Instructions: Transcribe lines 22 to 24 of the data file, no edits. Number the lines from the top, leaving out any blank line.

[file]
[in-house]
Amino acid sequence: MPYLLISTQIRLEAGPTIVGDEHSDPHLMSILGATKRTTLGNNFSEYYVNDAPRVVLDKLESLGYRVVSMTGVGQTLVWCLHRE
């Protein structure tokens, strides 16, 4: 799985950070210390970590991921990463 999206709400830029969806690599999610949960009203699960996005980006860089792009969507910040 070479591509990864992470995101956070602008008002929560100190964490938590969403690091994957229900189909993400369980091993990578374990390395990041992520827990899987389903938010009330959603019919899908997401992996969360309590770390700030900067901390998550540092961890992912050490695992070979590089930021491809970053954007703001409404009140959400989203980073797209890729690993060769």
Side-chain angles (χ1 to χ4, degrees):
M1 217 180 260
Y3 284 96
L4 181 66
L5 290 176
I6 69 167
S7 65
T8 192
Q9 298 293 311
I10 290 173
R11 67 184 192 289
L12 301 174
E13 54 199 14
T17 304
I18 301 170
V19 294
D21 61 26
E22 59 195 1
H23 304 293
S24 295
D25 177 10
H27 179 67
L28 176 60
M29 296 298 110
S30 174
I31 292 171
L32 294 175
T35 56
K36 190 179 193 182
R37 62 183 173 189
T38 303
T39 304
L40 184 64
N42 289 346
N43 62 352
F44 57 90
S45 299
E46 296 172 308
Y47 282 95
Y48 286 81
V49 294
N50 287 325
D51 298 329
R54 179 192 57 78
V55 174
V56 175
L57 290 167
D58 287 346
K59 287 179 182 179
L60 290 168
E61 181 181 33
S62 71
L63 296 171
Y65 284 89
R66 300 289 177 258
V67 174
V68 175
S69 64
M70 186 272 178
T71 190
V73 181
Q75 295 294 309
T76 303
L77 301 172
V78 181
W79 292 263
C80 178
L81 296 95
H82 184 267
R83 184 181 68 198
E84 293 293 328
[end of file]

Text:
H23 304 293
S24 295
D25 177 10